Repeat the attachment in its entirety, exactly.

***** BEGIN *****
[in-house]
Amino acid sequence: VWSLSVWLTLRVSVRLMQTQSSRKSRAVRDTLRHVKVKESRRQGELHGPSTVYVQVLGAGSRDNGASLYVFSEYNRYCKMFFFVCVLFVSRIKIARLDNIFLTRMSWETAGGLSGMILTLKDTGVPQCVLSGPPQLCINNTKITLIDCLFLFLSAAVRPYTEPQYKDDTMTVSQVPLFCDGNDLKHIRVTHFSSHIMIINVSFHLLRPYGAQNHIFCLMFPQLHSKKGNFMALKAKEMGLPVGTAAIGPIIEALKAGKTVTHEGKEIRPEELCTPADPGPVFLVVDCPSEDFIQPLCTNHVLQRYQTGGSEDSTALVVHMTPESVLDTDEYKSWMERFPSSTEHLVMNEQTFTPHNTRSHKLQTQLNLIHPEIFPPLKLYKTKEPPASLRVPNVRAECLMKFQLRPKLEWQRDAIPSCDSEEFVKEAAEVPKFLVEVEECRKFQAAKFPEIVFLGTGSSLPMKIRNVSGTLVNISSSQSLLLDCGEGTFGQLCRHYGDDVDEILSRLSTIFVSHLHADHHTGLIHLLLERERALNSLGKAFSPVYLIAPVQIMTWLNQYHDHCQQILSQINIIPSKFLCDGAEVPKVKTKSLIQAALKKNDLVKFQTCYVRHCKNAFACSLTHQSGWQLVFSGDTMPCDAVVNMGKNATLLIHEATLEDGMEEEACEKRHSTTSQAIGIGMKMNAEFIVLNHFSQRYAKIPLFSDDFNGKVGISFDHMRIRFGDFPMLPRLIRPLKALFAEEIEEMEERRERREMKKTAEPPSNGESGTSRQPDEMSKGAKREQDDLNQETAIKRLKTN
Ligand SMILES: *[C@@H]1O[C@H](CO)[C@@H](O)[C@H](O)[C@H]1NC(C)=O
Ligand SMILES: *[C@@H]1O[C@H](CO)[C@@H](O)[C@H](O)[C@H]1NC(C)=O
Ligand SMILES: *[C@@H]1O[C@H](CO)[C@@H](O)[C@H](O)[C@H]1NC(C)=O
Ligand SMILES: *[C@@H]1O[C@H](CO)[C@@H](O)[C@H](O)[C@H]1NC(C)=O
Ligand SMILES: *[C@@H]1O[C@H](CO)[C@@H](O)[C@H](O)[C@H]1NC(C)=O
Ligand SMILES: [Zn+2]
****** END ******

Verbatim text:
[in-house]
Amino acid sequence: VWSLSVWLTLRVSVRLMQTQSSRKSRAVRDTLRHVKVKESRRQGELHGPSTVYVQVLGAGSRDNGASLYVFSEYNRYCKMFFFVCVLFVSRIKIARLDNIFLTRMSWETAGGLSGMILTLKDTGVPQCVLSGPPQLCINNTKITLIDCLFLFLSAAVRPYTEPQYKDDTMTVSQVPLFCDGNDLKHIRVTHFSSHIMIINVSFHLLRPYGAQNHIFCLMFPQLHSKKGNFMALKAKEMGLPVGTAAIGPIIEALKAGKTVTHEGKEIRPEELCTPADPGPVFLVVDCPSEDFIQPLCTNHVLQRYQTGGSEDSTALVVHMTPESVLDTDEYKSWMERFPSSTEHLVMNEQTFTPHNTRSHKLQTQLNLIHPEIFPPLKLYKTKEPPASLRVPNVRAECLMKFQLRPKLEWQRDAIPSCDSEEFVKEAAEVPKFLVEVEECRKFQAAKFPEIVFLGTGSSLPMKIRNVSGTLVNISSSQSLLLDCGEGTFGQLCRHYGDDVDEILSRLSTIFVSHLHADHHTGLIHLLLERERALNSLGKAFSPVYLIAPVQIMTWLNQYHDHCQQILSQINIIPSKFLCDGAEVPKVKTKSLIQAALKKNDLVKFQTCYVRHCKNAFACSLTHQSGWQLVFSGDTMPCDAVVNMGKNATLLIHEATLEDGMEEEACEKRHSTTSQAIGIGMKMNAEFIVLNHFSQRYAKIPLFSDDFNGKVGISFDHMRIRFGDFPMLPRLIRPLKALFAEEIEEMEERRERREMKKTAEPPSNGESGTSRQPDEMSKGAKREQDDLNQETAIKRLKTN
Ligand SMILES: *[C@@H]1O[C@H](CO)[C@@H](O)[C@H](O)[C@H]1NC(C)=O
Ligand SMILES: *[C@@H]1O[C@H](CO)[C@@H](O)[C@H](O)[C@H]1NC(C)=O
Ligand SMILES: *[C@@H]1O[C@H](CO)[C@@H](O)[C@H](O)[C@H]1NC(C)=O
Ligand SMILES: *[C@@H]1O[C@H](CO)[C@@H](O)[C@H](O)[C@H]1NC(C)=O
Ligand SMILES: *[C@@H]1O[C@H](CO)[C@@H](O)[C@H](O)[C@H]1NC(C)=O
Ligand SMILES: [Zn+2]